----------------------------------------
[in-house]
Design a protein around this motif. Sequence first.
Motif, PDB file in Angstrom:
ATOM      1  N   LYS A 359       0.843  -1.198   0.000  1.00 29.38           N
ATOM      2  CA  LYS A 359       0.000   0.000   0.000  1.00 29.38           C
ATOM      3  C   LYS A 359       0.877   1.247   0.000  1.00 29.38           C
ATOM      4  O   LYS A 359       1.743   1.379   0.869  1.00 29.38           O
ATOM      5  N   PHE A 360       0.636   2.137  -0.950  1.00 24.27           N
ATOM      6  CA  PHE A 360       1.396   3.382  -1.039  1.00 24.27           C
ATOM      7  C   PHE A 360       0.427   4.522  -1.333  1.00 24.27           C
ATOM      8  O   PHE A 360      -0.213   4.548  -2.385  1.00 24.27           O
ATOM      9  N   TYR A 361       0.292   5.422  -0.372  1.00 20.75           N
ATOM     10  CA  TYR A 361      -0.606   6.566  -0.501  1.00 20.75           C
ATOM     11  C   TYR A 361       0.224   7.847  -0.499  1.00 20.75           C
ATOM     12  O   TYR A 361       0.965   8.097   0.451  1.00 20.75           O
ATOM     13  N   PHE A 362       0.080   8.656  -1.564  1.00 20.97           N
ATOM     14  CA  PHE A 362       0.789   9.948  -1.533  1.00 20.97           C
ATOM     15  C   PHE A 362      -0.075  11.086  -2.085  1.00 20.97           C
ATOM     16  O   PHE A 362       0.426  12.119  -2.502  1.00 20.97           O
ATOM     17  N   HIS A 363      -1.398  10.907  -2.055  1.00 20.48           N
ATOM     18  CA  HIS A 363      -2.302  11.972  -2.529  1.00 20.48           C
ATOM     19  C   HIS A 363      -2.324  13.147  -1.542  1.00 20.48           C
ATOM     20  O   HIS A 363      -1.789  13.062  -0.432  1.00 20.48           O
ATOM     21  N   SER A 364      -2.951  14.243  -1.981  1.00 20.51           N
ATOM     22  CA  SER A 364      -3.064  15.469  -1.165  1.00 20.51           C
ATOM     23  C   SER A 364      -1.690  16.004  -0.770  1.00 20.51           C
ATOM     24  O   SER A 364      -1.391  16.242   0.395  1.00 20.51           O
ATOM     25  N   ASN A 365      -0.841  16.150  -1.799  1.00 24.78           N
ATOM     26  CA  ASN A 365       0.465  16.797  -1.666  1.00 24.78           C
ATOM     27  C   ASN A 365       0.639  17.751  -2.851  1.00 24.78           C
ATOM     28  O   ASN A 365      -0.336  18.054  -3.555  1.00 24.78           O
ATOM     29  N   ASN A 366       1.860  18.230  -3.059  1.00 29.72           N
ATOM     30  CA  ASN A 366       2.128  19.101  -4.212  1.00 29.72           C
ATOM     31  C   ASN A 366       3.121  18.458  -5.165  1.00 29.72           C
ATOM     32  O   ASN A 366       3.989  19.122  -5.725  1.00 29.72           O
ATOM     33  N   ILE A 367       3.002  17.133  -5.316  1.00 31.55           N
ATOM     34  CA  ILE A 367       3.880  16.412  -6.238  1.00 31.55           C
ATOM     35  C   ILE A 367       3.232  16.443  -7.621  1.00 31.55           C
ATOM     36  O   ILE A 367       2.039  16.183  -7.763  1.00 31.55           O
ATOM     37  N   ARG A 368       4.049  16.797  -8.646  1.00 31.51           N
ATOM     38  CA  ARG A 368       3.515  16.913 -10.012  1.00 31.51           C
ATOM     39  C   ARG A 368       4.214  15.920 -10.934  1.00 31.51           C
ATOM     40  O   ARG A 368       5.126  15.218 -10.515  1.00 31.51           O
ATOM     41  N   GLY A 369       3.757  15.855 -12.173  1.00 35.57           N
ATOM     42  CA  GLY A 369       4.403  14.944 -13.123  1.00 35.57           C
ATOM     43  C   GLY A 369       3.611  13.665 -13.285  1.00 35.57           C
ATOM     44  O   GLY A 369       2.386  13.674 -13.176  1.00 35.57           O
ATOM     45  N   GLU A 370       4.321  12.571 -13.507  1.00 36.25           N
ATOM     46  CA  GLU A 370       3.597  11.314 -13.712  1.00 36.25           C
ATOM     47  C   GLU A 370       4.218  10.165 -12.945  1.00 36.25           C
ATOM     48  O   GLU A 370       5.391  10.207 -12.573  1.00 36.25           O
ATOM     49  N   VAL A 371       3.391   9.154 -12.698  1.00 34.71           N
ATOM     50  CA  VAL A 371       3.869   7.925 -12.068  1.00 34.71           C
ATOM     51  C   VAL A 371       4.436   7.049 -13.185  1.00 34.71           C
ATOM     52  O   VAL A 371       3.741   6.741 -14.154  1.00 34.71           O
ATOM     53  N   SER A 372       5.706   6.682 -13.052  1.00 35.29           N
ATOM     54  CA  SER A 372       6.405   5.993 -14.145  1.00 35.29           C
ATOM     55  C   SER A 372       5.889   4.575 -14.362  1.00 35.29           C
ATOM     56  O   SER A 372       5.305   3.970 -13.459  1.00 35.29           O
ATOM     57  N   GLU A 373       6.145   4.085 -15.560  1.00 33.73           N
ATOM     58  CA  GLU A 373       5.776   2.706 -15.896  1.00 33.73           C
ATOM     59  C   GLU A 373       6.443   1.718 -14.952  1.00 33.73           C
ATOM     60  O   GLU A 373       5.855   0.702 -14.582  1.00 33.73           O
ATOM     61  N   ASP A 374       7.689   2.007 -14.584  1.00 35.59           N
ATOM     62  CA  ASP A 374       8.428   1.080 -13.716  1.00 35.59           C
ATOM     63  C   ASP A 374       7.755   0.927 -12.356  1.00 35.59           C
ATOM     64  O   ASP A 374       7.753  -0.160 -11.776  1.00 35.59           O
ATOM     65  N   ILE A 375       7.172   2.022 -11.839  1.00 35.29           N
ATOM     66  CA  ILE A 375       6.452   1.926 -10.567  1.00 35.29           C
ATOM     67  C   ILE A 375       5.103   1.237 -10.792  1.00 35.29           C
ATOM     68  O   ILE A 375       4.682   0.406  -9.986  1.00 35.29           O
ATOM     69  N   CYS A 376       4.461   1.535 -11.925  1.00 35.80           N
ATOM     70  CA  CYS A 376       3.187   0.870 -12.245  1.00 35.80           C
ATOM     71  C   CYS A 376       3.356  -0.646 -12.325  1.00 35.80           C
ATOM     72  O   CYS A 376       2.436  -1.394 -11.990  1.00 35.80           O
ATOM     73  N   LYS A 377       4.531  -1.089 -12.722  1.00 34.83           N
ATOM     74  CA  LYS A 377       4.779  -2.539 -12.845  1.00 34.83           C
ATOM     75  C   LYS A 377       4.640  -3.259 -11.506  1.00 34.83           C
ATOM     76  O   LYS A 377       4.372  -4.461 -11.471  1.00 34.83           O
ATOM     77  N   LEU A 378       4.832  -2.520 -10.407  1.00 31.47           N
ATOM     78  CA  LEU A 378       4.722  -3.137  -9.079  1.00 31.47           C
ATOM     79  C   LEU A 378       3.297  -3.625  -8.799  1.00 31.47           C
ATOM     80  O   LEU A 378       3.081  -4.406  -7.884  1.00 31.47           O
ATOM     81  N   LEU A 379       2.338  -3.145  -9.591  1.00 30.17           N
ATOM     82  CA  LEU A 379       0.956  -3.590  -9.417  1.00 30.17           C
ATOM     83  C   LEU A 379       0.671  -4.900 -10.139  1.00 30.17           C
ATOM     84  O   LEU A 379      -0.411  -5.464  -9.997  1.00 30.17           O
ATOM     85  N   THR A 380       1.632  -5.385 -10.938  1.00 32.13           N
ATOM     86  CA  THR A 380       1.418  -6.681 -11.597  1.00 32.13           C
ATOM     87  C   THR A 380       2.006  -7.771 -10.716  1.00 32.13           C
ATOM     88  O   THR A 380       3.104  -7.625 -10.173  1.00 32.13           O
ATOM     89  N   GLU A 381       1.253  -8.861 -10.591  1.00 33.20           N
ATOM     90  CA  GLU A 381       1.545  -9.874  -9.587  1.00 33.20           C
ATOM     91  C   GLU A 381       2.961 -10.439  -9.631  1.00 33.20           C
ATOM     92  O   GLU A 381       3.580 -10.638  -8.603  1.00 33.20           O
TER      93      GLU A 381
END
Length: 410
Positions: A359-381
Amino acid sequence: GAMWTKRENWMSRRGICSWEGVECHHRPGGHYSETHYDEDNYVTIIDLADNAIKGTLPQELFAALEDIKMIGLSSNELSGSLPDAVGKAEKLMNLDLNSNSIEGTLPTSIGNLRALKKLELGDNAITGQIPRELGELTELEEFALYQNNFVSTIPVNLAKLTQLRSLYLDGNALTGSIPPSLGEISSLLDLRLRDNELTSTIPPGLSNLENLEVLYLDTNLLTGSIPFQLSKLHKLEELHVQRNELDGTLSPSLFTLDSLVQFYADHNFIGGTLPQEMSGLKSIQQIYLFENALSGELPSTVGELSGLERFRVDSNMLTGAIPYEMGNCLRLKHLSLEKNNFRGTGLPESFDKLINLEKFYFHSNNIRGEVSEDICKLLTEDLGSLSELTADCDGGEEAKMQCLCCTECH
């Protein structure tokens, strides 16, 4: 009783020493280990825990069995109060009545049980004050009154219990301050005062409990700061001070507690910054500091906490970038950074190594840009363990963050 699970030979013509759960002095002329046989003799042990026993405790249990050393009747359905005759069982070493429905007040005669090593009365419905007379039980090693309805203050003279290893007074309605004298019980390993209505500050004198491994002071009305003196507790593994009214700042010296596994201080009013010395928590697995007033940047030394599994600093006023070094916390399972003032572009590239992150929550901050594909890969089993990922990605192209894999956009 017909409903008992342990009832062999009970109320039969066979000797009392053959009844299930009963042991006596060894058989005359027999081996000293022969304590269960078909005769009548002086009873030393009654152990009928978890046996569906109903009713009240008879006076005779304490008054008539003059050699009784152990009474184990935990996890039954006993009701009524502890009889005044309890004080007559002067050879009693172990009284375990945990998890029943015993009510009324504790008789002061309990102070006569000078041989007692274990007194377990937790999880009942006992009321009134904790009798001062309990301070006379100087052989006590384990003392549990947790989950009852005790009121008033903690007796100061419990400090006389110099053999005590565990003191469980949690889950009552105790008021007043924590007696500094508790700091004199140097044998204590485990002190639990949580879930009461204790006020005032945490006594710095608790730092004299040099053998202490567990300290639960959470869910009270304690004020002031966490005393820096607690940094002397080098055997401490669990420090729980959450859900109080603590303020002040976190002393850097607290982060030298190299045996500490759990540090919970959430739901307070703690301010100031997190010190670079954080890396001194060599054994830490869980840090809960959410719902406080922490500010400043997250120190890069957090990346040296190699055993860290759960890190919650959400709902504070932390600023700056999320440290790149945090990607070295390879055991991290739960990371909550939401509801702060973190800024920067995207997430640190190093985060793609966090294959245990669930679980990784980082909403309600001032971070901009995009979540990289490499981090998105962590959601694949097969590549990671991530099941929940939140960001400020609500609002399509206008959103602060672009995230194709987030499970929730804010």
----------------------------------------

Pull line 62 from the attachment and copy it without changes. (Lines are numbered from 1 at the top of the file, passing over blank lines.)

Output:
ATOM     59  C   GLU A 373       6.443   1.718 -14.952  1.00 33.73           C